1. Dont carry large amounts of cash. If you are transferring cash for personal or business needs, get a cashiers check made out to the payee or send the cash by wire or other transfer. It is safer than traveling the roads these days with cash to send it, rather than carry it. If the cashiers check is made out to you, the police cant cash it unless you sign it over to them (dont) One other possibility: have the check made out to a trusted person, such as a relative, who will be at the end of your journey. Then, you can go to the bank, cash the check with that person and have your money. If you arent traveling with cash, the police can hardly claim you might have drug money (drug deals dont happen with checks of any sort.)

2. Dont ever put an air freshener hanging on your rearview mirror. This is one of the signs that police look for to indicate it might be a drug car, used for repeated, long distance travel.

3. Never let trash, like fast food wrappers, etc., pile up on the seats or on the floorboards of the car. A dirty car is another sign for police that you might be a long distance drug courier. If you have food trash, put it in one bag and out of sight, like in the back floorboard on the passenger side or underneath something you are carrying with you. Hide it. Also: if you use energy drinks, dont leave the cans lying about.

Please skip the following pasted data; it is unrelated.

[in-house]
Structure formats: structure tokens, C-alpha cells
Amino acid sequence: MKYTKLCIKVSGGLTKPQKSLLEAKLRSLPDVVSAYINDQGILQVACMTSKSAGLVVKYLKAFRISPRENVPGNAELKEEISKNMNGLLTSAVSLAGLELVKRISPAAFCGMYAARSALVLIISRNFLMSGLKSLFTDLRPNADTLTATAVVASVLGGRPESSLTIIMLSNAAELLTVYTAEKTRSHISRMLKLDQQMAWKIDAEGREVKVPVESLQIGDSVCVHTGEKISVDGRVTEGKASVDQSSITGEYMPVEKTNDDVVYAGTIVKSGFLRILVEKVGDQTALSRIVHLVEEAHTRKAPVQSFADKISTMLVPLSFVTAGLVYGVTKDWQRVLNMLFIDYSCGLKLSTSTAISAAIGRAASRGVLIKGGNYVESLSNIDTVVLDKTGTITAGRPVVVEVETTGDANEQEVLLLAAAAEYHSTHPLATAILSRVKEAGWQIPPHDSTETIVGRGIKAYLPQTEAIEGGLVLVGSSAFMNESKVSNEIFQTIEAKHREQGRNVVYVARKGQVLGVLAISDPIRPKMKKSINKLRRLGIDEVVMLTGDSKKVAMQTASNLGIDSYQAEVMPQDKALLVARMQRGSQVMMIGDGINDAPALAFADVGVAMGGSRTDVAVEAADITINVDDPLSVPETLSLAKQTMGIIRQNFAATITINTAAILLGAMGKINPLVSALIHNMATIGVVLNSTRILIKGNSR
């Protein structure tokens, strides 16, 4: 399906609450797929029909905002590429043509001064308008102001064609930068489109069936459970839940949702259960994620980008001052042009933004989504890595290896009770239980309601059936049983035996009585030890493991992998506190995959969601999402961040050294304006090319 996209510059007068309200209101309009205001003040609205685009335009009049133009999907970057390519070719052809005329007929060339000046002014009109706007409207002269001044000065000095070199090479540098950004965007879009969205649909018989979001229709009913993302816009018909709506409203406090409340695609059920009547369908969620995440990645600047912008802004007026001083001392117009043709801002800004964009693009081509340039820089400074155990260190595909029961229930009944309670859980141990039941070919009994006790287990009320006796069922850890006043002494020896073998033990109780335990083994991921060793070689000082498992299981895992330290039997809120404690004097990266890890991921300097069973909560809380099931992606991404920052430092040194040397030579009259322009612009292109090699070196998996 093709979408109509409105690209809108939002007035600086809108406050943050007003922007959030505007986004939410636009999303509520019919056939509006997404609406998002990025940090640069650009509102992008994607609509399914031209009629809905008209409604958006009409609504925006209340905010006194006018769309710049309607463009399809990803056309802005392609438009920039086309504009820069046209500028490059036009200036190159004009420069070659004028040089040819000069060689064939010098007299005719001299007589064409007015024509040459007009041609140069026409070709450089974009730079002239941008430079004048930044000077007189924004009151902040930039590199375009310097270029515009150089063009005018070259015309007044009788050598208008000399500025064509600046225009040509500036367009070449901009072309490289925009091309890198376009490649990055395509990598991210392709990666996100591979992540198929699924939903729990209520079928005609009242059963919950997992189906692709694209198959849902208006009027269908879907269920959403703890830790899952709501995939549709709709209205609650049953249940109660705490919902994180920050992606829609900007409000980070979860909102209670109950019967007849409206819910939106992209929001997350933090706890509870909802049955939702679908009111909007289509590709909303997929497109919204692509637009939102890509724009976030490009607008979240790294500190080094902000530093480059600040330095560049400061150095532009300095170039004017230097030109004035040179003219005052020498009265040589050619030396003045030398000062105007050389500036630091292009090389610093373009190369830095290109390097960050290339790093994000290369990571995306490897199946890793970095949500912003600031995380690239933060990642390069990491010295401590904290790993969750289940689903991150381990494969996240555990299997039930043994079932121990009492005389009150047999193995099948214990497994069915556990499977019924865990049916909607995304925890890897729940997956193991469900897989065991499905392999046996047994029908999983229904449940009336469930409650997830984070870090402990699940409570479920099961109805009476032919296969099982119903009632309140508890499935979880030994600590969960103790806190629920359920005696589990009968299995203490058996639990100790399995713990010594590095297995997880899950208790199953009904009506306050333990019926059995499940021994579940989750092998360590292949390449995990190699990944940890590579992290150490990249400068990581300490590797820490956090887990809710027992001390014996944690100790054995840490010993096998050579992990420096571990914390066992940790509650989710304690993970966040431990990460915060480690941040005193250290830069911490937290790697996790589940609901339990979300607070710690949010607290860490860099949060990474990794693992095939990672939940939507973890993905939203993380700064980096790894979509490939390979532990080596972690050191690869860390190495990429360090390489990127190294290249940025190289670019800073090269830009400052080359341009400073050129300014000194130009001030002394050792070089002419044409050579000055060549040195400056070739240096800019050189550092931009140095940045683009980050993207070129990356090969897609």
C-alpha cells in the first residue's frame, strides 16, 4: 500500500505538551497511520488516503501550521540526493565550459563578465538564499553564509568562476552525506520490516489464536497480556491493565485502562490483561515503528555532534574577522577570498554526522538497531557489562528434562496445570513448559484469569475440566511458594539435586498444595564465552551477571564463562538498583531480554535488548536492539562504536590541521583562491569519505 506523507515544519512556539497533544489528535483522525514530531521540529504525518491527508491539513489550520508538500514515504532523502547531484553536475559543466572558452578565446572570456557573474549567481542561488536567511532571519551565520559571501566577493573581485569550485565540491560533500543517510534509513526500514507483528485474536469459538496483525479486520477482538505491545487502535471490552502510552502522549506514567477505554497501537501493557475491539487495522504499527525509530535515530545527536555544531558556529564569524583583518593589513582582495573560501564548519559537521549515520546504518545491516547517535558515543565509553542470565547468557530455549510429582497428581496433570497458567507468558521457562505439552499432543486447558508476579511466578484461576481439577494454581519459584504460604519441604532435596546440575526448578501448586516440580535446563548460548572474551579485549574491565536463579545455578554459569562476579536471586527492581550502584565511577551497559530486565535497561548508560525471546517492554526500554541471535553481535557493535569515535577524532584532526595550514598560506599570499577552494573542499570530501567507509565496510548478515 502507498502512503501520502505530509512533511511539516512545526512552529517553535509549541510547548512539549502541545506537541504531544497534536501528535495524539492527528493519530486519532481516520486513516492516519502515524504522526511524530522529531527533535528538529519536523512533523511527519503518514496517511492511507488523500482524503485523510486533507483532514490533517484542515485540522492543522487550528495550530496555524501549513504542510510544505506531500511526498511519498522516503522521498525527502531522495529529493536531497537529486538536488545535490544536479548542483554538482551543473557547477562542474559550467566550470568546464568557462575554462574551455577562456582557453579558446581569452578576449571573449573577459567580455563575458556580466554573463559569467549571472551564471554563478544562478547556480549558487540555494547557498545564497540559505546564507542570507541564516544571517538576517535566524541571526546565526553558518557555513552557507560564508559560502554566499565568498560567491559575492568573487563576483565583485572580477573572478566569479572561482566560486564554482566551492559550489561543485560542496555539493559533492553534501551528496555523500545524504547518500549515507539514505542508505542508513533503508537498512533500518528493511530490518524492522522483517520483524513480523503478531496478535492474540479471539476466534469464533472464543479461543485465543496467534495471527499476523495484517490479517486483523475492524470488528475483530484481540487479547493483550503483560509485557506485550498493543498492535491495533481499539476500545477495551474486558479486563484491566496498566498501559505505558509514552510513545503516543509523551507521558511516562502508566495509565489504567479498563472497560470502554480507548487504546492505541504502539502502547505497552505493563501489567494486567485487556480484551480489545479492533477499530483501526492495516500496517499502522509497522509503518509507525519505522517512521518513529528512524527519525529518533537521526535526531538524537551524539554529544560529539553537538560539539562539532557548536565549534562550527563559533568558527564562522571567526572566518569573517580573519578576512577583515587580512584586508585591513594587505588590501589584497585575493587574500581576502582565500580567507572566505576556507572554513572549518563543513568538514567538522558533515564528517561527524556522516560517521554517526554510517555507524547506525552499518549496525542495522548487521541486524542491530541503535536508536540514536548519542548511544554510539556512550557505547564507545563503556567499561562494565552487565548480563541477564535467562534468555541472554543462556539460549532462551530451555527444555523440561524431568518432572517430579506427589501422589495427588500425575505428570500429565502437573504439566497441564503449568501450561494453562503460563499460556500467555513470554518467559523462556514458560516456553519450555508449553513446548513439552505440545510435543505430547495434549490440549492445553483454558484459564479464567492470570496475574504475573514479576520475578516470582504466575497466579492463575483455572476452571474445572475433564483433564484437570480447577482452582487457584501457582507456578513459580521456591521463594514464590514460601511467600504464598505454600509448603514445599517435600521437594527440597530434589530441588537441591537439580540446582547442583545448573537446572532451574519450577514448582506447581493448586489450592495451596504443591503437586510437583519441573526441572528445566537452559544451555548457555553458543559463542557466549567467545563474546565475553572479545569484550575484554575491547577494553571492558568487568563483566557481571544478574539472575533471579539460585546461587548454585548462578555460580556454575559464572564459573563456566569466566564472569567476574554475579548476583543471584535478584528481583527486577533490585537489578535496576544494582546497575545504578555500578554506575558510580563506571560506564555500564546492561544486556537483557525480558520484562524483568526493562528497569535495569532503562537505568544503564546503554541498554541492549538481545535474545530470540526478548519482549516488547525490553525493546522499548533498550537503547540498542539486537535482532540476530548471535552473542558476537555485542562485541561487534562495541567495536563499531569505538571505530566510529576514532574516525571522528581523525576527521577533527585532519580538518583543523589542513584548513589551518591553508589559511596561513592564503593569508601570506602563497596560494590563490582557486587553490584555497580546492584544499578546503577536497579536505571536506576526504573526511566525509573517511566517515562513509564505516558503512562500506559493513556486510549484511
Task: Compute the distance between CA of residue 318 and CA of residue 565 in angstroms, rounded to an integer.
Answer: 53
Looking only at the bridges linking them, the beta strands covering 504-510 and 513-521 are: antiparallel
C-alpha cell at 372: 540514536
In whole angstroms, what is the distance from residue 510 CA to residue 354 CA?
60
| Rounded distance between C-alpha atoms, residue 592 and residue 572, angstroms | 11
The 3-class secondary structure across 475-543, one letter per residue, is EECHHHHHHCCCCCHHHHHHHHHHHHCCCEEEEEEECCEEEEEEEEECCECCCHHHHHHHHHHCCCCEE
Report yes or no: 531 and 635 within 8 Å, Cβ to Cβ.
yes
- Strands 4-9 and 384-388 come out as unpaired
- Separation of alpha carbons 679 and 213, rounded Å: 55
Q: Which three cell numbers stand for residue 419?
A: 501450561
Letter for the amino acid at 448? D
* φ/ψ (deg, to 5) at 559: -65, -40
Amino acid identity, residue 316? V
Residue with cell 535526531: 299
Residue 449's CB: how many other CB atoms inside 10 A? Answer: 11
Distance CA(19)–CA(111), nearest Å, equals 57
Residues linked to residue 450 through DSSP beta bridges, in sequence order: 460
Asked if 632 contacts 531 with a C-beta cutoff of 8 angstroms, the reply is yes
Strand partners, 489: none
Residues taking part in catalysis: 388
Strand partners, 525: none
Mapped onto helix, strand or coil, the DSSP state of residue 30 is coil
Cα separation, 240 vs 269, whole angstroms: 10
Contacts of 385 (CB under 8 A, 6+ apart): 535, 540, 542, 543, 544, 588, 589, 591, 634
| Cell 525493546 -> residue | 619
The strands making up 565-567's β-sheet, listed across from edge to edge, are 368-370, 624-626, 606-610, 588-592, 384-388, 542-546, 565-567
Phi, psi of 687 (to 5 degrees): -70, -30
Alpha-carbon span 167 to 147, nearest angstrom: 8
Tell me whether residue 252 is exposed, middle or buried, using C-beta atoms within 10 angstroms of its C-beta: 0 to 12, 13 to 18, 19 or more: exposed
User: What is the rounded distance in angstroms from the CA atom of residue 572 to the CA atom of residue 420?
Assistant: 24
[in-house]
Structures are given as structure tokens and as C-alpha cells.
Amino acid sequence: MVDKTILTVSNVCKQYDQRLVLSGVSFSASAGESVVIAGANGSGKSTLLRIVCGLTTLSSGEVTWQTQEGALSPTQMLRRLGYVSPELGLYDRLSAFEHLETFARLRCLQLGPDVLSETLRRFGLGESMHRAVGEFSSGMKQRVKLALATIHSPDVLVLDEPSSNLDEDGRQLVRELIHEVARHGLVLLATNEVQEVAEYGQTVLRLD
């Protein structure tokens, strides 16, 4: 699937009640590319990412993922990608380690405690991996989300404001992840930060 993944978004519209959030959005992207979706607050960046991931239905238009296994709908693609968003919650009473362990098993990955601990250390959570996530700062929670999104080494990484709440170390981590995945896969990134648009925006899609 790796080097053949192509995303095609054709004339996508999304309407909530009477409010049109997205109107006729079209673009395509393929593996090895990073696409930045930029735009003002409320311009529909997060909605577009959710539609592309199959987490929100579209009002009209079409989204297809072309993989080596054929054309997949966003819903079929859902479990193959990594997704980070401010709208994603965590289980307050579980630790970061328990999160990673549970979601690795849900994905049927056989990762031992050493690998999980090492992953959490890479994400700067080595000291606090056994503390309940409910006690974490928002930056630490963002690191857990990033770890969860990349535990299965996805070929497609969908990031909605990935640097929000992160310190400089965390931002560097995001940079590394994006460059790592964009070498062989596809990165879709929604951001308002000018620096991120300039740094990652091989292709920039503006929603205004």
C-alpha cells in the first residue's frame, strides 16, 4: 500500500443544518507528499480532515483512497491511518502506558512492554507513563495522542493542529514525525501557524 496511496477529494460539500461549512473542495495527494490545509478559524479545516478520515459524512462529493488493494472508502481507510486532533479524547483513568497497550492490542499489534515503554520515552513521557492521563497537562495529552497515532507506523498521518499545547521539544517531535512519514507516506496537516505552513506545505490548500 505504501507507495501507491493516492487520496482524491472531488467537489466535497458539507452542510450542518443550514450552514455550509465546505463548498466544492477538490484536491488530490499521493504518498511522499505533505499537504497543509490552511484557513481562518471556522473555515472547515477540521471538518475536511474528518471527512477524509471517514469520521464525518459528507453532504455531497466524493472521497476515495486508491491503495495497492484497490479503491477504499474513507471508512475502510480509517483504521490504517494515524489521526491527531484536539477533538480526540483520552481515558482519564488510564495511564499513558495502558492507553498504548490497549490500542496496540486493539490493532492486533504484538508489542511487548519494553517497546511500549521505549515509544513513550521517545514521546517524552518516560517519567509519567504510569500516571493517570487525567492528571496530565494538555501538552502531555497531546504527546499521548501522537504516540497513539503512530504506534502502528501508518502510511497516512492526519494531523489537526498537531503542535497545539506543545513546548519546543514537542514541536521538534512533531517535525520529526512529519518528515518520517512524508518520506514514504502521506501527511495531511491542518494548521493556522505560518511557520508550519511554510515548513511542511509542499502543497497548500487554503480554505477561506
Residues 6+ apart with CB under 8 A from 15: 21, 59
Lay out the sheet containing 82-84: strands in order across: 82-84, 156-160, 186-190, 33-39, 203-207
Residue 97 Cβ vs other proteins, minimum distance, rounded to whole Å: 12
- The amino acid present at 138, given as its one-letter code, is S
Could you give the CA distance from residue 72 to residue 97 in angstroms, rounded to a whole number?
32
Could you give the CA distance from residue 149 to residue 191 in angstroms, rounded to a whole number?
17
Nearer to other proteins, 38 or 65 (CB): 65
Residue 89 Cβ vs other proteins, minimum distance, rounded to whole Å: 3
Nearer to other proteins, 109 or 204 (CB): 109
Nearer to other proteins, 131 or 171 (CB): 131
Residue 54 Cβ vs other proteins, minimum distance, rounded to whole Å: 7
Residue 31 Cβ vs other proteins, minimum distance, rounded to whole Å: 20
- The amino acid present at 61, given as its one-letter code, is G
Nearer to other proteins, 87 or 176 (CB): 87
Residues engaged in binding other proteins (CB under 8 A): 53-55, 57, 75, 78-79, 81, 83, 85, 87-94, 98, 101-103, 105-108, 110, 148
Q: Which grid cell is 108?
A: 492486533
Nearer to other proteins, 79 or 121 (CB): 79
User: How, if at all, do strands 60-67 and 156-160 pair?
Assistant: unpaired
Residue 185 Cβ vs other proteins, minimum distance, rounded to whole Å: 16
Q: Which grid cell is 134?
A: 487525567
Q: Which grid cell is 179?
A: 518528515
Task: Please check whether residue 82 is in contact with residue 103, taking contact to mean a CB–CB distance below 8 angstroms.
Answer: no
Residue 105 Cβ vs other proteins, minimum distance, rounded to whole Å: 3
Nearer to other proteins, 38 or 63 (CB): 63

4. If you tend to get very nervous if stopped by police, try to act as calm as possible. Wear a sweater or some other clothing that covers up your neck area. The police are taught to look for a pulsing carotid artery in your neck as a sign of extreme nervousness.

5. If you must carry more than one thousand dollars in cash, try to wrap it in such a way that it does not emit a smell. Wrapped very tightly in plastic wrapping, put inside another bag and then inside a small suitcase. Inside your trunk is safer than inside the car. The police may not search the glove compartment or trunk without permission. (There are indications that some police have trained drug sniffing dogs to sniff out cash, then, if the question arises, they can tell a judge that the dog alerted, justifying a further search, which then turned up the cash.)

6. If the police ask you where you are going and why, act calm. They are not entitled to this information, but just respond directly and honestly in short sentences. I am going to my mothers house in Alabama. I am going to start a new job in Kansas. Your answers do not have to be true (you havent been sworn), but if you change your answers, hesitate about what you are saying or otherwise seem confused, you will arouse suspicions (Lying to police can be a legal charge after the fact in some circumstances. Consult a lawyer for the complete answer on this issue.).